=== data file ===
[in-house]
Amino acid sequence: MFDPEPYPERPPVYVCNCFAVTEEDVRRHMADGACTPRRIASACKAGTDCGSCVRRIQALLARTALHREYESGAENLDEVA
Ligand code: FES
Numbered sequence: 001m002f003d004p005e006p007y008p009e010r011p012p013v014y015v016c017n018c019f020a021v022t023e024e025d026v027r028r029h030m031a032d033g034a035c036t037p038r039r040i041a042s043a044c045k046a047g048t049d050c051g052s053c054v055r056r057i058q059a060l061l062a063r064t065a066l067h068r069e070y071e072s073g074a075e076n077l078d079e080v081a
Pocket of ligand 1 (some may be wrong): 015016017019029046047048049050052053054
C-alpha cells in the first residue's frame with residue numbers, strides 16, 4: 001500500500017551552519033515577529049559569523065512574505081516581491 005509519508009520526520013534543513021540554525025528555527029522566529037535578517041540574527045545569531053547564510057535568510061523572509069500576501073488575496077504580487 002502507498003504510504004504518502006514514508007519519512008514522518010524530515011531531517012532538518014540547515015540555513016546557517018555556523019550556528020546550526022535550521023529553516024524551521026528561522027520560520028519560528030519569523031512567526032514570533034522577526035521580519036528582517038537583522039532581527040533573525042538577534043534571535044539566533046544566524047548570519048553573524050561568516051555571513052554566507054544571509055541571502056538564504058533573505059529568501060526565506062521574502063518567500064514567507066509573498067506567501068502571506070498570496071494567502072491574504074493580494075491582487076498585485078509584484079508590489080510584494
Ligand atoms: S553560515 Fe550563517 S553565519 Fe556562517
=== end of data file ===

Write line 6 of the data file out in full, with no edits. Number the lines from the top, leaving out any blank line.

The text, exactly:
C-alpha cells in the first residue's frame with residue numbers, strides 16, 4: 001500500500017551552519033515577529049559569523065512574505081516581491 005509519508009520526520013534543513021540554525025528555527029522566529037535578517041540574527045545569531053547564510057535568510061523572509069500576501073488575496077504580487 002502507498003504510504004504518502006514514508007519519512008514522518010524530515011531531517012532538518014540547515015540555513016546557517018555556523019550556528020546550526022535550521023529553516024524551521026528561522027520560520028519560528030519569523031512567526032514570533034522577526035521580519036528582517038537583522039532581527040533573525042538577534043534571535044539566533046544566524047548570519048553573524050561568516051555571513052554566507054544571509055541571502056538564504058533573505059529568501060526565506062521574502063518567500064514567507066509573498067506567501068502571506070498570496071494567502072491574504074493580494075491582487076498585485078509584484079508590489080510584494